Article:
Review: RoosevElvis At The Royal Court
| By Harrison Fuller
I took along with me my sister to see the play. She is not a seasoned theatre goer, preferring musicals to plays and RoosevElvis would mark her first visit to the Royal Court. To say that she was apprehensive would be an understatement.
The Team, a New York Collective of performers and theatre makers, are currently at the Royal Court with their show RoosevElvis, which first had its premier in the States in 2013.
The show opens with Elvis Presley and Theodore Roosevelt trying to out do each other with facts about themselves and their lives. Roosevelt is keen, quick and precocious where as Presley is laid back, laconic and cagey.
The main thread of the story follows Ann, a worker in a meat processing plant, a job that she fell into after leaving school and is still there fifteen years later. With limited social life she turns to online dating and has a weekend with a lady called X, which makes her face up to certain questions about herself. She has always wanted to visit the home of her idol, Elvis Presley, in Graceland but is unable to explain why she has never made it there. What is it that’s holding her back?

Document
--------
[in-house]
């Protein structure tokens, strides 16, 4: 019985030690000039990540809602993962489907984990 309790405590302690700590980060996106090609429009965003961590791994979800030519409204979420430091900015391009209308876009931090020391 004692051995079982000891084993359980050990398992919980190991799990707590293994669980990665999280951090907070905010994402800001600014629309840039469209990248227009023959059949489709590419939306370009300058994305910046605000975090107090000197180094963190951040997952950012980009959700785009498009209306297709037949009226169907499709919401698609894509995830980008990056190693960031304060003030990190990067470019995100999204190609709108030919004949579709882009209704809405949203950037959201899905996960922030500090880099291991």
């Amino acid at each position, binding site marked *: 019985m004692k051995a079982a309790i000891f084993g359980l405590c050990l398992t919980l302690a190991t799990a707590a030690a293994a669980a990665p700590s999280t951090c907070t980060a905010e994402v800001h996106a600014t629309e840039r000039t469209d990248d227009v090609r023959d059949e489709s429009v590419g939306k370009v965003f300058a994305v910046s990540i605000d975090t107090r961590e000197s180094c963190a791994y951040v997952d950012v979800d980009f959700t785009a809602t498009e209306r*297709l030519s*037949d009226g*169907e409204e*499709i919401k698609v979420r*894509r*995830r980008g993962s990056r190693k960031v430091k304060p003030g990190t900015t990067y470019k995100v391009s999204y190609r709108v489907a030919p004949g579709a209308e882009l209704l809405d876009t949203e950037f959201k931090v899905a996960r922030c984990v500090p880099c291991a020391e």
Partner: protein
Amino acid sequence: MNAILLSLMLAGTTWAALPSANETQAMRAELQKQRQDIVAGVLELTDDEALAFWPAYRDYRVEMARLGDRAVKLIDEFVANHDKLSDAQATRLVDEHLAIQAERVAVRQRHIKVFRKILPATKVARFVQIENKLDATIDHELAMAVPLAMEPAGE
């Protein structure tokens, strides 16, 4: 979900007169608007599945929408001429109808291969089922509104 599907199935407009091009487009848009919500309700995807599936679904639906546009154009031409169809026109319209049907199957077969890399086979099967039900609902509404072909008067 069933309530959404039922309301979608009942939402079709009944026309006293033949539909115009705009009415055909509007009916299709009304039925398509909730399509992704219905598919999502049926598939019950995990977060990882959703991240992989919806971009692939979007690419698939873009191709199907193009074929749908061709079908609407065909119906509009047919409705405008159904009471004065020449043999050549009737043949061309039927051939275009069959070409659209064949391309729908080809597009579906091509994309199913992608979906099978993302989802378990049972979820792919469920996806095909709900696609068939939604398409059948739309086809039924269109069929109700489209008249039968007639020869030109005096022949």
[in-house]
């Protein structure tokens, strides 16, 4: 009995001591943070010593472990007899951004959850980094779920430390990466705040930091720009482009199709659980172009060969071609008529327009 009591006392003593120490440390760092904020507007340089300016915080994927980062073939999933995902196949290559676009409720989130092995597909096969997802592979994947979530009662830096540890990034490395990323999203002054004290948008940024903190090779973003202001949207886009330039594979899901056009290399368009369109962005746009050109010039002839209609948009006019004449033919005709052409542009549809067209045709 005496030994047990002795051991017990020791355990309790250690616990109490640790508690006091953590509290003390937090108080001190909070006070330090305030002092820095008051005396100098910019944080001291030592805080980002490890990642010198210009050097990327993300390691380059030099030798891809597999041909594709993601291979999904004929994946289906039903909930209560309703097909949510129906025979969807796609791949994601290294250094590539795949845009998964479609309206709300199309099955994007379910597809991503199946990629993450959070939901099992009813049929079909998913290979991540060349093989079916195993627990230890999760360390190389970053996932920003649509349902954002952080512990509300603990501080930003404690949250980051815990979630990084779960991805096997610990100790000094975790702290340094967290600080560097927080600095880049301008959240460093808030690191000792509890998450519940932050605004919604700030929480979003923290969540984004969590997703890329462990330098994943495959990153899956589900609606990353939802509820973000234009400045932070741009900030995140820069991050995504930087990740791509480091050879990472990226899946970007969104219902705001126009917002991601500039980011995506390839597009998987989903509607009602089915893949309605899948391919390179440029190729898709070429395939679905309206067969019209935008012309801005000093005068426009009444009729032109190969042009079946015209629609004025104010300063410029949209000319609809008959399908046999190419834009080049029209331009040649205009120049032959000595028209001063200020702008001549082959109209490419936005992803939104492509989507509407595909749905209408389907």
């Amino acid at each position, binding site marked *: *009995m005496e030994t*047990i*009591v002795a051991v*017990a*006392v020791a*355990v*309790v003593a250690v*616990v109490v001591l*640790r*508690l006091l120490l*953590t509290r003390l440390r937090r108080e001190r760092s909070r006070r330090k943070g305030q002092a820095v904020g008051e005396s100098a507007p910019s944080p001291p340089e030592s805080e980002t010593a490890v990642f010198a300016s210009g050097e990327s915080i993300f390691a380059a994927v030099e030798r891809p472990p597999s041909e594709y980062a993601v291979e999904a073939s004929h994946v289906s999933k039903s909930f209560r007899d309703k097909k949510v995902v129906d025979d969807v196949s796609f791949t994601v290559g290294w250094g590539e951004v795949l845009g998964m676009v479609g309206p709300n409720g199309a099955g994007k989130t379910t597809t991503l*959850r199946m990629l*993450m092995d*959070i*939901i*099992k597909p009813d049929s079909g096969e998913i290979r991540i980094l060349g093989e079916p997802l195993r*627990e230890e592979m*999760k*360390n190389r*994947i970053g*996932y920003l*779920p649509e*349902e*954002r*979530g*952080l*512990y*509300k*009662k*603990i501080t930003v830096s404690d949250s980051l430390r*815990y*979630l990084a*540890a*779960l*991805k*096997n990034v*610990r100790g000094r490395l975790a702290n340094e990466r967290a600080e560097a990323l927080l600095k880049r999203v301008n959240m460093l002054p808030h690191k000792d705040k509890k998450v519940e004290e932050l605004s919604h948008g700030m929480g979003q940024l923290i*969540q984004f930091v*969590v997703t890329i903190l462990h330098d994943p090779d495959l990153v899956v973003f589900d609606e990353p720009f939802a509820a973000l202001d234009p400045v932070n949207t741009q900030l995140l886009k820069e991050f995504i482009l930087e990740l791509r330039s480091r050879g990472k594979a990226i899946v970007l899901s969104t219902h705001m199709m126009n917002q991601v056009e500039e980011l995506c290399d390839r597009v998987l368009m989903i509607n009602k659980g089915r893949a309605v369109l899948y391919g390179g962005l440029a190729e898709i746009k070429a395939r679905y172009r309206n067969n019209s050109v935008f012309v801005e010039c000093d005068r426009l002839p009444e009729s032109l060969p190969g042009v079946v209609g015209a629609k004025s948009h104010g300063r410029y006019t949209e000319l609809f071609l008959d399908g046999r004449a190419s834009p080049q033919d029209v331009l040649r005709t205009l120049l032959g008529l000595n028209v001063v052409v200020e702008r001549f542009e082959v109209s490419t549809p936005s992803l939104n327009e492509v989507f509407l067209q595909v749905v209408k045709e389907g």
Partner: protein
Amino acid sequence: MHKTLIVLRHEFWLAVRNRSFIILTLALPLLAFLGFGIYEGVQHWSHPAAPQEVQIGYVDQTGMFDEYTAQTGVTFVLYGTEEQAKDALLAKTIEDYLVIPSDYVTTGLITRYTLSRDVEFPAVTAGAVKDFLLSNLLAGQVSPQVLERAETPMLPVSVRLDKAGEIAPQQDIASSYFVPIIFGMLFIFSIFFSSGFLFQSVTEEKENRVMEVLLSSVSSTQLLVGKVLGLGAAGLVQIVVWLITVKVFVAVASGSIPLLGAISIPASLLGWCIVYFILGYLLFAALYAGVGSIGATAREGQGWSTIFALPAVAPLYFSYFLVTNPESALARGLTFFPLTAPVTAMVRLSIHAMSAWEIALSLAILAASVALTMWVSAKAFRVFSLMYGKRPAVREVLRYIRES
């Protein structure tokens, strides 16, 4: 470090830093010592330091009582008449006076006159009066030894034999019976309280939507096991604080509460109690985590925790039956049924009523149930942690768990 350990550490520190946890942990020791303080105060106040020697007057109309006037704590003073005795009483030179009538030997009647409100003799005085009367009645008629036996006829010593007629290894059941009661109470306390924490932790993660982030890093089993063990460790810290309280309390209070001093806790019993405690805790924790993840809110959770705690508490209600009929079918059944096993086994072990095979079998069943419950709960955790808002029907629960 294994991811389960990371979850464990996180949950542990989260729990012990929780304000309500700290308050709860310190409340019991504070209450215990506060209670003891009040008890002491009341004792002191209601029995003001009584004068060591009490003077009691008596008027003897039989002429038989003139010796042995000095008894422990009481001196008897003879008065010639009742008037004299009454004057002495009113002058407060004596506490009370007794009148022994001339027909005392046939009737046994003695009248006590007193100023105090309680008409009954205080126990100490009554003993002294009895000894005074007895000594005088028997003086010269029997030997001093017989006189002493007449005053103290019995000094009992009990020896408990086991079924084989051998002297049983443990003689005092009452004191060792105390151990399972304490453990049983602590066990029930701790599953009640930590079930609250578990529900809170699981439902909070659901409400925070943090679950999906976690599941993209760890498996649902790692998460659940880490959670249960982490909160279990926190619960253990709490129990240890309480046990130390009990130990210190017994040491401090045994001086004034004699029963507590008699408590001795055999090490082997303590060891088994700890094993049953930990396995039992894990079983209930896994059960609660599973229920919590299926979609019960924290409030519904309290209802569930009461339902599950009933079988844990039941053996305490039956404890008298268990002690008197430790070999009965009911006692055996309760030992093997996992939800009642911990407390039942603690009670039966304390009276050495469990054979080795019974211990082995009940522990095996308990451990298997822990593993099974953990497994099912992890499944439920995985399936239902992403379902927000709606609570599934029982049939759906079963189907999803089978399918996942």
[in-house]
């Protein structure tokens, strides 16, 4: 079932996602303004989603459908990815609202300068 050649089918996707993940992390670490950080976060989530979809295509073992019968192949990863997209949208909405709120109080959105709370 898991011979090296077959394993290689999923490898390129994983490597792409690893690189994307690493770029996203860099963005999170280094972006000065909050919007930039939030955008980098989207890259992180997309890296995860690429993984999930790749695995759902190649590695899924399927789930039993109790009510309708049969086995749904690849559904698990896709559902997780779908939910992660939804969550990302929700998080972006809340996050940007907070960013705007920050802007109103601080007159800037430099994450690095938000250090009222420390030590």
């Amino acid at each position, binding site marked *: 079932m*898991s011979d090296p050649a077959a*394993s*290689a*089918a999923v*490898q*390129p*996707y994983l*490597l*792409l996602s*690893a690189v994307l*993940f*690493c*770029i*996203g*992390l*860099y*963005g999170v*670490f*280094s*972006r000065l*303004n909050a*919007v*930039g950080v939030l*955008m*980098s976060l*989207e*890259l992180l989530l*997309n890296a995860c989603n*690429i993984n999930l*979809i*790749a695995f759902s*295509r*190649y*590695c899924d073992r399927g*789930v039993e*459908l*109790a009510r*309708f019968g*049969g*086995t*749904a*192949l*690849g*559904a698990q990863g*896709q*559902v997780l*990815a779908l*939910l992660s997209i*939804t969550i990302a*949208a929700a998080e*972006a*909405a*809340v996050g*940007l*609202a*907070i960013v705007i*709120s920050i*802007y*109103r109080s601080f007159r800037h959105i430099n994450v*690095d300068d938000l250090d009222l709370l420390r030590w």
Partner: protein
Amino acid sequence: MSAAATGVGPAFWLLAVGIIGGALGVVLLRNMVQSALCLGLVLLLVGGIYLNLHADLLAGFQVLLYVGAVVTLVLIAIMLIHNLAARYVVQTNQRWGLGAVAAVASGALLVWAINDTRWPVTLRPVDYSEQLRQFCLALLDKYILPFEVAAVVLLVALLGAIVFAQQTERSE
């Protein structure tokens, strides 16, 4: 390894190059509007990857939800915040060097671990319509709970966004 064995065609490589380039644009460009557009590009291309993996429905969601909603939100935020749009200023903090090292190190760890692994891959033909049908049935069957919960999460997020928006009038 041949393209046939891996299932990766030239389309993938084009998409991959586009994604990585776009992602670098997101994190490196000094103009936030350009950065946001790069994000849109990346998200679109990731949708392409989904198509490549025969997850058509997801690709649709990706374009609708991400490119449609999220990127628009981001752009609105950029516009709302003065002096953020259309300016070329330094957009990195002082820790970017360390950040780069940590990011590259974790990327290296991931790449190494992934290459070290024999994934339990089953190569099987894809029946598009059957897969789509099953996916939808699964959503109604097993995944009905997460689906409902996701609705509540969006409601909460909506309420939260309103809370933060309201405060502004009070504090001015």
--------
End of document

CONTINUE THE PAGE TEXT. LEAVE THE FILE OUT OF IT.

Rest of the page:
She talks to her idol, there are a series of imagined conversations where Ann becomes Elvis and he questions her. Elvis has conversations with his idol; Roosevelt and thus we have a series of complex dialogues, played out by two actors. This device highlights one of the plays central themes, that of identity. Ann struggles to live the fact that she is a lesbian in a dead end job with little ambition or prospect. Elvis is a superstar who struggled with stage fright and his position as a global entertainer and we hear some of his wishes and desires through the play. This is contracted with Roosevelt who, while being a sickly child, had everything handed to him on a plate and is what he set out to be. Elvis and Ann are not.
It was within the first two minutes of the play that my sister had the, ‘what on earth am I watching,’ expression on her face, and there it remained for the rest of the performance. We discussed it at length on the way back after she had gotten through the speechless phase, not able to put into words what she had just witnessed. Her initial reaction was confusion, but as time went on she discovered that she understood more of the performance and more of it made sense than she first imagined. While it was different to anything else she had seen before, she was able to take something away from it at the end and, if The Team has achieved nothing else, they have created a memorable performance, which has altered someone’s perception of what theatre is and can be.
As for what I thought, RoosevElvis was at times bonkers, brilliant, bizarre, touching, tender and thought provoking. I would recommend not only the play, but look out for any future work heading this way from The Team. A thank you to the Royal Court for bringing such varied theatre to London.